The only thing to worry about here is the salary floor, if you love a low-revenue club. Article 50.5 b (i) of the CBA states "the magnitude of the Team Payroll Range shall never be less than $16 million ... or greater than $28 million."
The promise of this new agreement allowed Bettman to stabilize his three biggest trouble spots: Florida, New Jersey and Phoenix. No doubt the owners of those teams, like Leonsis in Washington, are thrilled by the television bonanza and updated revenue-sharing formula.
The true test of the new CBA will be how many teams can't afford to go much higher than the floor because you know the revenue powerhouses can't wait to flex their financial-steroid muscles.
That's the only concern I see. It's at $44 million this season, and a $60-million base - with the upper limit approximately $20 million higher - is not out of the question in the near future.
1. Prior to last weekend's Hockey Night in Canada broadcasts, I had a chance to chat with Capitals GM George McPhee. One of the topics was defenceman Dmitri Orlov. "He's very similar to [Slava] Voynov from L.A. ... three full years in the minors and now a really good NHL player," McPhee said. "He is ready for the NHL and it is time to find a full-time spot for him." Orlov is yo-yoing between AHL Hershey and "The Beltway," although he's yet to play an NHL game this season. On Tuesday, The Washington Post's Katie Carrera reported why. Orlov can leave to the KHL on Jan. 1 if not on the roster for 30 days this season. When I asked McPhee about such worries, he replied: "He wants to be an NHL player. He stayed here in the summer and is a really top-notch kid who wants to play here."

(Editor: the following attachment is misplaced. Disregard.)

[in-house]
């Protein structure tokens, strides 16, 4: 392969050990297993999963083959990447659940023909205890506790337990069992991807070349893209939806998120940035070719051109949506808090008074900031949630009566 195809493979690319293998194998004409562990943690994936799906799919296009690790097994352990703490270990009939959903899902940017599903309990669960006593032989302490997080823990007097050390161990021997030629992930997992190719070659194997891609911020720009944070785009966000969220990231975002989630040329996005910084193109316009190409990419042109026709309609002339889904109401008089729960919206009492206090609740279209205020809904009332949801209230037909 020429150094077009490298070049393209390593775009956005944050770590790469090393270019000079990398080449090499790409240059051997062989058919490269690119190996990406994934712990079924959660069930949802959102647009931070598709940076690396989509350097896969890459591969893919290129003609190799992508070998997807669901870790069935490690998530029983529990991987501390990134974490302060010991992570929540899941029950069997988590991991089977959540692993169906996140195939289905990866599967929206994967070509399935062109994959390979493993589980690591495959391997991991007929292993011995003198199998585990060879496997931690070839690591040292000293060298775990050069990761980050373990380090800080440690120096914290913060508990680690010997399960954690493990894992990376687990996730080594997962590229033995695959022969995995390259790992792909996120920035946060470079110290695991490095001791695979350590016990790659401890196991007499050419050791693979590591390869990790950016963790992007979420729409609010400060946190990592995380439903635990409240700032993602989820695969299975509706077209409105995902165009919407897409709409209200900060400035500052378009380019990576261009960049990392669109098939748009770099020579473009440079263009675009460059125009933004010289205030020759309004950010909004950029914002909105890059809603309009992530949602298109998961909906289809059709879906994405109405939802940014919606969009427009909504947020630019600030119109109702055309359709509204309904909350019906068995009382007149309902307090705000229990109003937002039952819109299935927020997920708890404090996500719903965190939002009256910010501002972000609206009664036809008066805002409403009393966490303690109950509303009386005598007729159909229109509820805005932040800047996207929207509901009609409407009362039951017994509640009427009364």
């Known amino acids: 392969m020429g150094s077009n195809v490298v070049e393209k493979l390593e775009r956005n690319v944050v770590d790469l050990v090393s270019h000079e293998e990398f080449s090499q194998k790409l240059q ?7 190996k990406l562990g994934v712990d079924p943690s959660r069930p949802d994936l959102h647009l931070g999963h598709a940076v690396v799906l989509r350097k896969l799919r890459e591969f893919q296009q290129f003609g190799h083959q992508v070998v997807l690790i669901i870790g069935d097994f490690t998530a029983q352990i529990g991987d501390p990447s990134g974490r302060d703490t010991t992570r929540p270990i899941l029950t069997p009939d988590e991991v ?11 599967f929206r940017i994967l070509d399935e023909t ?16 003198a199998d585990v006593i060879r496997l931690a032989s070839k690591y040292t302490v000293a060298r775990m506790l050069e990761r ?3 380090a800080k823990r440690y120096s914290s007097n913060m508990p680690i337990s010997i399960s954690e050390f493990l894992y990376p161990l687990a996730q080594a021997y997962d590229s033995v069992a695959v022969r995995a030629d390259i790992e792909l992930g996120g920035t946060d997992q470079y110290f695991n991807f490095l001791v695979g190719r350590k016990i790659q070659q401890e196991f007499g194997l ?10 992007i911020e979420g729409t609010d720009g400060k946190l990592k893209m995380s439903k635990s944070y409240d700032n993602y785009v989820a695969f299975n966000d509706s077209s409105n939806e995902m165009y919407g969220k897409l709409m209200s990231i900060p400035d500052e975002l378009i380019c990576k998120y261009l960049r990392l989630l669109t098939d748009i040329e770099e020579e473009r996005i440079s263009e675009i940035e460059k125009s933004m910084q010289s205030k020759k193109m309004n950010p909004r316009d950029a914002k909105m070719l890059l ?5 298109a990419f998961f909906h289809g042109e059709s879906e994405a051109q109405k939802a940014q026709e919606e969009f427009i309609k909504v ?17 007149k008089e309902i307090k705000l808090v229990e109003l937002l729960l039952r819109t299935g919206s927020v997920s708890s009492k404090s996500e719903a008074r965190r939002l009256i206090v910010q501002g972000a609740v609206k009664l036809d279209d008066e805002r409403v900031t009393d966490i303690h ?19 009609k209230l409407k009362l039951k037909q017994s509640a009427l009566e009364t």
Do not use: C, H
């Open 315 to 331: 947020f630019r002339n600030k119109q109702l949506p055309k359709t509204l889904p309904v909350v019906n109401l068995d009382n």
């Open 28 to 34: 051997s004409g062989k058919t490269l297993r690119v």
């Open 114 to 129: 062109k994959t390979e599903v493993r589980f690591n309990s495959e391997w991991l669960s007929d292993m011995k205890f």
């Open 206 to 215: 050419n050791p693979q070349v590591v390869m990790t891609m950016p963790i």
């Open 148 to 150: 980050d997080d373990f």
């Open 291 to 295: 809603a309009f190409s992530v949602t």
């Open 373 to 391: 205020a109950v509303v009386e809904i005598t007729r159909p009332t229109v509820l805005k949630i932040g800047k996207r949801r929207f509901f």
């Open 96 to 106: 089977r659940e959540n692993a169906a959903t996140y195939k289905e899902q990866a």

2. More McPhee on Orlov: "With us or somebody else -- ideally, with us -- he wants to get playing." It's an interesting time for Washington as McPhee said he spent a couple of days last week (and planned to spend more time this week) working the phones to see "if anything makes sense for us." Things are a little clearer now: he was talking about Martin Erat and dealing with Orlov's situation (NB: McPhee is not the source of any anonymous info in this blog).